Film #291: THE EYES OF MY MOTHER
The Eyes of My Mother
3 out of 5 stars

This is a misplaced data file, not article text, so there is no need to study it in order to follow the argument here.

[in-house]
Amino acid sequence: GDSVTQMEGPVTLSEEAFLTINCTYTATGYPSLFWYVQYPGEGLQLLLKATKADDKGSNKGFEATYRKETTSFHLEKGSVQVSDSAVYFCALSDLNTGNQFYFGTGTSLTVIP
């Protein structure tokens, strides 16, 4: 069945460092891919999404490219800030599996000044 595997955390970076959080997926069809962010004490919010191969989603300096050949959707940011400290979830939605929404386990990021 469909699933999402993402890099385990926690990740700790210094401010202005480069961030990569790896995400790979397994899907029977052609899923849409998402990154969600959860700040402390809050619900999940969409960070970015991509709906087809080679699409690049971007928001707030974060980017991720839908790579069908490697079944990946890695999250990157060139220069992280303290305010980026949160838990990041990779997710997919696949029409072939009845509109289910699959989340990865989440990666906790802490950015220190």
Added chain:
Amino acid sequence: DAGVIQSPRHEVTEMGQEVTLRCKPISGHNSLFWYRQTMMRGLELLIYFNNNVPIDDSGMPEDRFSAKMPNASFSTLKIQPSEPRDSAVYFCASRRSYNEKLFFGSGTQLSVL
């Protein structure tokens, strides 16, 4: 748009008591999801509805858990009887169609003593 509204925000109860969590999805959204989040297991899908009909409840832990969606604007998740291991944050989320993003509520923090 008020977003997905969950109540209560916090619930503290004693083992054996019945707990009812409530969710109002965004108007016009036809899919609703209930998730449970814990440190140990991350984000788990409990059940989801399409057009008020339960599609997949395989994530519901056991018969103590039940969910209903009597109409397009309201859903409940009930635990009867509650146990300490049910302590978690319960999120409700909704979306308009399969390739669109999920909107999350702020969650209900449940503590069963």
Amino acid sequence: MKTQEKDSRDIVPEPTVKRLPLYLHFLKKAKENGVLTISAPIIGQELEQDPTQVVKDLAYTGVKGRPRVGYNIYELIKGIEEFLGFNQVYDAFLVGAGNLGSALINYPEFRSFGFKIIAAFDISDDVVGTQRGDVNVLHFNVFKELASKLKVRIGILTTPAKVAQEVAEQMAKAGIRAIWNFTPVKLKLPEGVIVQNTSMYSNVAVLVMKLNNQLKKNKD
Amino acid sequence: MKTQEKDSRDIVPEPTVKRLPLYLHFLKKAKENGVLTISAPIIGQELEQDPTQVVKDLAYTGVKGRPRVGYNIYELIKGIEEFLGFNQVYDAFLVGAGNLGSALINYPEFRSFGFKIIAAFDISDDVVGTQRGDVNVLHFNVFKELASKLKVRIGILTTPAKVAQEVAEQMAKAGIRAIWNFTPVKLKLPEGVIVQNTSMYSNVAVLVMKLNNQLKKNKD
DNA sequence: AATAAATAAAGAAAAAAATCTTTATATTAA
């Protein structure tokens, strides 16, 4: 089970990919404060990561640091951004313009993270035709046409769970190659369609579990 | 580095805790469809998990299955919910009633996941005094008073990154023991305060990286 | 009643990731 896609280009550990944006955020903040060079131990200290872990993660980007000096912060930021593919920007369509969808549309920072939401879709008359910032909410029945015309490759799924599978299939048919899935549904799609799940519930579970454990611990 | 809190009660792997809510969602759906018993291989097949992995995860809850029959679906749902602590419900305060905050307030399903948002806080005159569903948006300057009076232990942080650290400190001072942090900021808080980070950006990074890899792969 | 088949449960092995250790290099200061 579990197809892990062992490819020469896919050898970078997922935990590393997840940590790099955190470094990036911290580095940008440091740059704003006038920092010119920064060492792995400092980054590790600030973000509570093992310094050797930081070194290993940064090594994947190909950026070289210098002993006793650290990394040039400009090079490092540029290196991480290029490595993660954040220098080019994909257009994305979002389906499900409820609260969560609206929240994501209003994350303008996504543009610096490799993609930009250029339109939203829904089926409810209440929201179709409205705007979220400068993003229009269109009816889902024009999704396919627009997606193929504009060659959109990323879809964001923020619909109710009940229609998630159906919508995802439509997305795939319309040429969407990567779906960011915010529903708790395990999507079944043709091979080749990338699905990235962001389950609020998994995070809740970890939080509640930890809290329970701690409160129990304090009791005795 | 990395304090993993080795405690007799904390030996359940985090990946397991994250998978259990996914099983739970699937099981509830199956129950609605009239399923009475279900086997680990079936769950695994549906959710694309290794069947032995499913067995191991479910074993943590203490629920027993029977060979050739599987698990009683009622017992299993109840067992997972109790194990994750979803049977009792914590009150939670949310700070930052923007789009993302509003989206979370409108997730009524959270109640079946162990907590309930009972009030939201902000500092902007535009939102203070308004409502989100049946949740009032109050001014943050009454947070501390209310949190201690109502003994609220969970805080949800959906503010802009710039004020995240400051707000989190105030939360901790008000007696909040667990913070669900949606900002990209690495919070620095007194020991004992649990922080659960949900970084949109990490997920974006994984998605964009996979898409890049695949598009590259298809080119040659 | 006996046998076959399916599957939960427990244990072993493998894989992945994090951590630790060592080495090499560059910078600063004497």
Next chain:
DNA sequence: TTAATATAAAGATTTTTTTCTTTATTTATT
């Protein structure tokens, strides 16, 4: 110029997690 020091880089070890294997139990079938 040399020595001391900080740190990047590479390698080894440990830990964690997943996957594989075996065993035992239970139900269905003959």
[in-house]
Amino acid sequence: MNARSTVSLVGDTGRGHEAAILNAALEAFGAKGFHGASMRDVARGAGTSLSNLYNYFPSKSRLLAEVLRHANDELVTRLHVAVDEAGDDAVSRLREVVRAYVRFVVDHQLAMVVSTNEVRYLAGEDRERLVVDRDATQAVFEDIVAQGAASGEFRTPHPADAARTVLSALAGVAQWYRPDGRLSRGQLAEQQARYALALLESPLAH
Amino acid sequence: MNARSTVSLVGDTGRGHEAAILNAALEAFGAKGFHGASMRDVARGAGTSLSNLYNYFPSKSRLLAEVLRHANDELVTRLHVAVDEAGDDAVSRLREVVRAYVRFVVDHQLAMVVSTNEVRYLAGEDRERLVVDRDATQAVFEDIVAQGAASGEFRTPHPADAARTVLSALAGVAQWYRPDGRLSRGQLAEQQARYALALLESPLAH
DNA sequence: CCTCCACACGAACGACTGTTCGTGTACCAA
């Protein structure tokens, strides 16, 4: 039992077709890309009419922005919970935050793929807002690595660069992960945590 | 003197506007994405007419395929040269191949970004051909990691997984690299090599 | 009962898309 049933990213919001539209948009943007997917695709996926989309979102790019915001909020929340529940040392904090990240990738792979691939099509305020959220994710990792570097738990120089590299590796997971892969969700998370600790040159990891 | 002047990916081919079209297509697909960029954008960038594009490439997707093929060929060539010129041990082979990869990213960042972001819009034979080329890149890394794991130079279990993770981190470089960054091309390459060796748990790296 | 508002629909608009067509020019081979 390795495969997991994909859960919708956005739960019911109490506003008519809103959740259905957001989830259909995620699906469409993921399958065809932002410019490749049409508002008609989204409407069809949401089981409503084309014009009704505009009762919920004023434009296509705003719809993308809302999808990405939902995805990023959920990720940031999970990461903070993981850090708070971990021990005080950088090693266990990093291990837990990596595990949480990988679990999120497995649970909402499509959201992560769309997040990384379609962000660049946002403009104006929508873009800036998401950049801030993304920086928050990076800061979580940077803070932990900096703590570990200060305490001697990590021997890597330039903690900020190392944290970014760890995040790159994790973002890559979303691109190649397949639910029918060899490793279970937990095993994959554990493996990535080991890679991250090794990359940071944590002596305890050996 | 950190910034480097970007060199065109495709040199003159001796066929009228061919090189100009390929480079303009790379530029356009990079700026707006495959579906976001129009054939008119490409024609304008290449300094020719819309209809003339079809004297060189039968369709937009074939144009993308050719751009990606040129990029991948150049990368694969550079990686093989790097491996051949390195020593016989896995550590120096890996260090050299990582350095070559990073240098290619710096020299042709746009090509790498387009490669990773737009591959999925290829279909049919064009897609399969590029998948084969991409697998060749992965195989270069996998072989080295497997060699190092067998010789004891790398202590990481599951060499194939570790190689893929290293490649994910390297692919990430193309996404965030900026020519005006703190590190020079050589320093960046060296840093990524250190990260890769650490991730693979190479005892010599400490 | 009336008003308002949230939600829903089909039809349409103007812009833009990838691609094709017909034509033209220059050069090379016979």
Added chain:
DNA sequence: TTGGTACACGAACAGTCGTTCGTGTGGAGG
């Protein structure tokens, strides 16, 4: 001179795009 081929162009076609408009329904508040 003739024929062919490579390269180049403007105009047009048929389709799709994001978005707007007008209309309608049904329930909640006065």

First time director Nicolas Pesce (who’s next film is the upcoming THE GRUDGE remake) brings us this twisted tale of Love, Family and murder. Shot in BEAUTIFUL, high contrast Black & White, THE EYES OF MY MOTHER is a flawed, but entrancing work. Reminiscent of such body horror films such as EXCISION, AMERICAN MARY, Lucky McGee’s MAY, Oz Perkins’ I AM THE PRETTY THING THAT LIVES IN THE HOUSE, and Simon Rumley’s THE LIVING AND THE DEAD, MOTHER challenges to viewer with both its slow pace and its sudden visceral scenes of viciousness. The violence is heart-wrenching, abrupt, and surprising in its savagery. The pace is indeed slow and a lot of narrative information is given visually and silently, like the best Japanese cinema, so… if you’re not patient, you’re gonna find the film frustrating. But the pace works here whereas it didn’t, for example, in the recent THE VVITCH. But make no mistake… this is a *dark* film. It’s also stunningly beautiful in the framing of its visuals. Acting is solid, especially the female lead, Kika Magalhaes. There are flaws (slight spoilers ahead) to be sure: keeping people in your barn for years is far-fetched and ridiculous, victims arrive at the farm with a convenience that is just this side of contrived, the farm’s isolation may work to isolate the narrative, but it’s just not believable (especially given that they had electricity and *someone* would have to check the meters), and Dad would have been a mess just a few days after his demise. There’s more, but… you get the idea. But again, the film is beautifully shot and has an inherent creepiness that is oppressive and disturbing. Worth seeing and economical (it runs 76 minutes), THE EYES OF MY MOTHER is a first film by a director sure to go onto bigger things.